Doubles from £86 B&B, matizturkbuku.com

Sibenik, Croatia

To say Šibenik is a mini-Dubrovnik might be an exaggeration, but it has the same elegant Venetian architecture and terracotta-roofed houses – and considerably less in the way of crowds. This is a city built for wandering: from the Riva, the seaside promenade, to the elegant cathedral and through the warren of corridors and alleys leading to the 11th-century St. Michael’s Fortress. The Blue Flag Banj Beach is a 200-metre walk from the center and has a restaurant and a playground. Boat trips are available to the pristine waters of the Kornati Archipelago. Hotel Life Palace is a lovingly renovated 15th century mansion, with 17 rooms that exude the historic atmosphere, with frescoes, exposed brickwork and Renaissance-inspired furniture.
Doubles from €118 B&B, hotel-lifepalace.hr

Cavtat, Croatia

One of Dalmatia’s most charming little seaside towns, Cavtat has terracotta-roofed houses rippling around a small horseshoe bay, with two forested peninsulas stretching towards Dubrovnik, 21 kilometers away by water. Quiet cafes and restaurants – several of which have been run by the same families for decades – lie parallel to the promenade, with swimming platforms and small pebble coves giving way to crystal clear water. There are regular boat taxis to Dubrovnik and the nearby Elaphiti Islands, and there is a lovely circular walk through the forest, with a few simple beach bars that are perfect spots for sunset. Villa PattieraOnce the home of opera singer Tino Pattiera, it stands at the top of the promenade, with stunning views from its 12 apricot-colored bedrooms.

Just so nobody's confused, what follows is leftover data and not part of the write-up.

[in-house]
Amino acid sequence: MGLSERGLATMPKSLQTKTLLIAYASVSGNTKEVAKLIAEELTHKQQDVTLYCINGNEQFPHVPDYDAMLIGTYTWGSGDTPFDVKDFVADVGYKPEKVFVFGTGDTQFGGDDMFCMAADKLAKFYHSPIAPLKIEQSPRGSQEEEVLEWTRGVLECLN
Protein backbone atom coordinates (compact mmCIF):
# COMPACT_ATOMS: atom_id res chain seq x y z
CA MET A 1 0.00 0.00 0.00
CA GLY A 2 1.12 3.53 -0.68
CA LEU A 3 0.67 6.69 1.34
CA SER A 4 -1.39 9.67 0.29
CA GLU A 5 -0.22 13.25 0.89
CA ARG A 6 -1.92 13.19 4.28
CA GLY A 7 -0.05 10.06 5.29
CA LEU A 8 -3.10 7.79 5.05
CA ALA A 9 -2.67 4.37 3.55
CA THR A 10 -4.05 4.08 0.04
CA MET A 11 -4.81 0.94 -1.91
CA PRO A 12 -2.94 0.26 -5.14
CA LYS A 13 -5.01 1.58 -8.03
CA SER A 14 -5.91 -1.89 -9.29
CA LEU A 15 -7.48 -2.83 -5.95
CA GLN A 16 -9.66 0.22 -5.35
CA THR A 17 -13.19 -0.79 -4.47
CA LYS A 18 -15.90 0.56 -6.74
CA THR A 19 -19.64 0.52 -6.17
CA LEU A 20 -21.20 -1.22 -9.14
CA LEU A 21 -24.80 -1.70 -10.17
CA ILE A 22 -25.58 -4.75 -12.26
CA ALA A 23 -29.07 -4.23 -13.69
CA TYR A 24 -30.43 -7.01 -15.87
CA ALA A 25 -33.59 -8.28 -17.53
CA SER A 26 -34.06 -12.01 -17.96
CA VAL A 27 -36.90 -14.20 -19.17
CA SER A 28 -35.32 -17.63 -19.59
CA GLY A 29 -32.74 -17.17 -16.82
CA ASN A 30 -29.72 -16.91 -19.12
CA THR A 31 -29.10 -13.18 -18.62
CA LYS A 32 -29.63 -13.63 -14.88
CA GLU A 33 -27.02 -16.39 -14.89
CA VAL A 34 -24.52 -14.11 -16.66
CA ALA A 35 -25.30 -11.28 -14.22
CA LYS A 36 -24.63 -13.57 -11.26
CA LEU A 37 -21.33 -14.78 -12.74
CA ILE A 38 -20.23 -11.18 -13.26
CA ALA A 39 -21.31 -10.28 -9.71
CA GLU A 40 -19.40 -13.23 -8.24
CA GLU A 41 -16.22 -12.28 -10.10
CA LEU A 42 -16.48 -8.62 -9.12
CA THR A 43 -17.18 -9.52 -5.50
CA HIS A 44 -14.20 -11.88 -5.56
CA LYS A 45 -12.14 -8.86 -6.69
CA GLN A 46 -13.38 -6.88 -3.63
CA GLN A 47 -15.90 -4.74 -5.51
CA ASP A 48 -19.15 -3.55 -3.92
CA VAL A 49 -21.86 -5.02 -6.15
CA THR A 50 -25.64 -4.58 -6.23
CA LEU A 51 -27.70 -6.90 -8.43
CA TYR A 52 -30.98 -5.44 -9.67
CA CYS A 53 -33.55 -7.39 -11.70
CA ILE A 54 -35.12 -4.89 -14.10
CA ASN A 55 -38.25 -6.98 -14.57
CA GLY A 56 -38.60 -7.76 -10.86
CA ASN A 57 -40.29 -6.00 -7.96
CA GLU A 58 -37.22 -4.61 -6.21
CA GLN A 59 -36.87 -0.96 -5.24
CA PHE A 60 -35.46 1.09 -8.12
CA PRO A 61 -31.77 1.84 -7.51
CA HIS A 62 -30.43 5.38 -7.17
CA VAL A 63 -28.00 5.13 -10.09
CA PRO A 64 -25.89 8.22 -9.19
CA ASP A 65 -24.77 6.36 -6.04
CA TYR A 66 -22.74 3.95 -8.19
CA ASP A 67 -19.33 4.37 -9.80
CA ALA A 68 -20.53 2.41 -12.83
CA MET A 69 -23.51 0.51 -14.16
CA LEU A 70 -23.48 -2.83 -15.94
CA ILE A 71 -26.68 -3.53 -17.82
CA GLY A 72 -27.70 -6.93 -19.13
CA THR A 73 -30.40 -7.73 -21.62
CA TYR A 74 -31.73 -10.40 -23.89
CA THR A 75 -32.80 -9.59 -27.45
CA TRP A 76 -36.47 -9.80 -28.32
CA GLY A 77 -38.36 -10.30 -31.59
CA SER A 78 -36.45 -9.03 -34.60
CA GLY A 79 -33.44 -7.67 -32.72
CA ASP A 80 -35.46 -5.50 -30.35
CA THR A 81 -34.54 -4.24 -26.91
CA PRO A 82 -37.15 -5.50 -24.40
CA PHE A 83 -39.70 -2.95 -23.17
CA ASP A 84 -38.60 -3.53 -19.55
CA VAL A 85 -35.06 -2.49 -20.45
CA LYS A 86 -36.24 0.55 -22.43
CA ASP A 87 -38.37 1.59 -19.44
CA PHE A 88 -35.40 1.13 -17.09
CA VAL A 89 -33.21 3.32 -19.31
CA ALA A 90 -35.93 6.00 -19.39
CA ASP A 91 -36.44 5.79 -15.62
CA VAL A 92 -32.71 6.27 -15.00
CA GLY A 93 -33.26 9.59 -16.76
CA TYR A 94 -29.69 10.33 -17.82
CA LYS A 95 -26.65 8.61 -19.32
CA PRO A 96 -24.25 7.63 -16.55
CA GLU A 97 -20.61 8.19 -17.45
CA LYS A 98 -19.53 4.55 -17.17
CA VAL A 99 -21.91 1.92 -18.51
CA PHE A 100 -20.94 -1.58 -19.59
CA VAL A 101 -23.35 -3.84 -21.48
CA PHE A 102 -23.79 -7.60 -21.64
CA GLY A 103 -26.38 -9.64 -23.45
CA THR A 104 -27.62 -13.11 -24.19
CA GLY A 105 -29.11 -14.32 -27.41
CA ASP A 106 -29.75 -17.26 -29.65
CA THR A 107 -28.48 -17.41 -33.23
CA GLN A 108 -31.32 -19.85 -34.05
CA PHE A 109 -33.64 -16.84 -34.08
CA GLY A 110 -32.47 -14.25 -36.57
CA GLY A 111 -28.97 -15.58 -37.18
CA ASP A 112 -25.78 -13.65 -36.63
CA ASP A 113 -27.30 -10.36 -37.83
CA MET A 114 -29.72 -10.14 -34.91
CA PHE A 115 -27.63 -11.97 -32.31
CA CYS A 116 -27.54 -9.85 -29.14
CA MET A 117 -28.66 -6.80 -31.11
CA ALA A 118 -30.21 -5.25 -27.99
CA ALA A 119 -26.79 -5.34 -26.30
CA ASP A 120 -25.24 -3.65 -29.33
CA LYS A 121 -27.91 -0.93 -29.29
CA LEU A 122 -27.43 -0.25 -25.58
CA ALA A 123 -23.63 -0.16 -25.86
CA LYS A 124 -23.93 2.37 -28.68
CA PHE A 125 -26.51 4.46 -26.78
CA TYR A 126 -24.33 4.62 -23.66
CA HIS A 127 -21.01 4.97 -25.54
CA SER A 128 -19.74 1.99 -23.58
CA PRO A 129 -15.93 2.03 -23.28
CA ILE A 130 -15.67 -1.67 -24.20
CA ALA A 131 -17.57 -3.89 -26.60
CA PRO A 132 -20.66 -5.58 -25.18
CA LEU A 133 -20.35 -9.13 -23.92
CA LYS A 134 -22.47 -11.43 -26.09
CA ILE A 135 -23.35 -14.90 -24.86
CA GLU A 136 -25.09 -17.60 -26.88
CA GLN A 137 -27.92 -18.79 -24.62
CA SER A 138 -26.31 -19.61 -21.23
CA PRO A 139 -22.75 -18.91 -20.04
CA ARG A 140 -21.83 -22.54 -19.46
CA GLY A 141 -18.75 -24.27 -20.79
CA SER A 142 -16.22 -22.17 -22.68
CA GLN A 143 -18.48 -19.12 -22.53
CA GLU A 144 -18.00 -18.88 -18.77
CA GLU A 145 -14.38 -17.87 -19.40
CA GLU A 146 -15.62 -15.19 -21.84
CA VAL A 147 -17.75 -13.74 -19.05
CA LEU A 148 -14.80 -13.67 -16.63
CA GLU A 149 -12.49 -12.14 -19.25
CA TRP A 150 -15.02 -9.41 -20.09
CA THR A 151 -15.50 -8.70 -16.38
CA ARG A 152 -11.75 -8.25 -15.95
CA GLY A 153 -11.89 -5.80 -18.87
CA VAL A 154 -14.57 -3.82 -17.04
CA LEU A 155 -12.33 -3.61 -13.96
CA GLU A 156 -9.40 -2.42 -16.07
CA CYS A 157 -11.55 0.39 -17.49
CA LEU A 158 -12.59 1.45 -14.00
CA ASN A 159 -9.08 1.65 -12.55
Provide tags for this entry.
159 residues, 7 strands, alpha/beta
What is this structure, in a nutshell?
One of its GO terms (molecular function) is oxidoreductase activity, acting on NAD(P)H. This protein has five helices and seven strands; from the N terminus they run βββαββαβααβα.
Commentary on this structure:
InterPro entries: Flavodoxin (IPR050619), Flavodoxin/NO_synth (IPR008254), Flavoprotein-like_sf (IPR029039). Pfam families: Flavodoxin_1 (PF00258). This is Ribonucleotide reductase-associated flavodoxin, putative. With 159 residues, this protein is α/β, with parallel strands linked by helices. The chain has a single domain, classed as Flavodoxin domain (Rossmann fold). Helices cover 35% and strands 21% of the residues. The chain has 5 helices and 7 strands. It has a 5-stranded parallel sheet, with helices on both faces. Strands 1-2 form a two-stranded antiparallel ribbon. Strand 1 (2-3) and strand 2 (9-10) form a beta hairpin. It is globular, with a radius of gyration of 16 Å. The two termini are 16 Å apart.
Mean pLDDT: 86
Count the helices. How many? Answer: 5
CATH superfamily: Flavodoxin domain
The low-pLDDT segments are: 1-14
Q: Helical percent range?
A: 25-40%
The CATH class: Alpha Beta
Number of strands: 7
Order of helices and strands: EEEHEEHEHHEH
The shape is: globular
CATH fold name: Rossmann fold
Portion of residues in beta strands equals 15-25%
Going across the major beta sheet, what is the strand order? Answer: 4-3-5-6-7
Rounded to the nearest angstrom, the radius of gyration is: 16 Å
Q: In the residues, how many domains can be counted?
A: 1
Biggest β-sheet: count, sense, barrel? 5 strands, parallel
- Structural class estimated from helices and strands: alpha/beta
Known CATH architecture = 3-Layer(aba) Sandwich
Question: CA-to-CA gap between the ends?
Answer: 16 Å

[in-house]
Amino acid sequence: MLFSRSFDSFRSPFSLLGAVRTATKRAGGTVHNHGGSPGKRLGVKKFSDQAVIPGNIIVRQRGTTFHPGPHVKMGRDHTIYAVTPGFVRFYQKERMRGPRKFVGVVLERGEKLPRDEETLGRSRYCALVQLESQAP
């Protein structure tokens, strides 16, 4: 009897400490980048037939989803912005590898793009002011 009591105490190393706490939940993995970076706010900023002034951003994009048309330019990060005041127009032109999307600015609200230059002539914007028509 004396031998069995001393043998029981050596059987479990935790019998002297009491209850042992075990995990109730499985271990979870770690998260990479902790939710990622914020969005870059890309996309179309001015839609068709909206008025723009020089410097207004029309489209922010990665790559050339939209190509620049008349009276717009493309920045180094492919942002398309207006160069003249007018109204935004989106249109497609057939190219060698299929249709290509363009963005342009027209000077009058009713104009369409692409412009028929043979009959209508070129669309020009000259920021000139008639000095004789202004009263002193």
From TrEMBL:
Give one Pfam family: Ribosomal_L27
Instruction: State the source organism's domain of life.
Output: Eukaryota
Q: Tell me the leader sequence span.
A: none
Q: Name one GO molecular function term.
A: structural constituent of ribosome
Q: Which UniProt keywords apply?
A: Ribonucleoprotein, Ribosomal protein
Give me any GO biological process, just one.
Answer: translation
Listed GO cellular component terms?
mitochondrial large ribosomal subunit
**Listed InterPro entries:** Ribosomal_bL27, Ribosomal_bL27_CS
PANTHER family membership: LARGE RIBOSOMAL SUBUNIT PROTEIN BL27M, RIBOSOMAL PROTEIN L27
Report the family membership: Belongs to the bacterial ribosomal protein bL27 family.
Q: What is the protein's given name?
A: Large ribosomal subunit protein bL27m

Doubles from £156 B&B, villa-pattiera.hr

Santa Maria di CastellabateCampania, Italy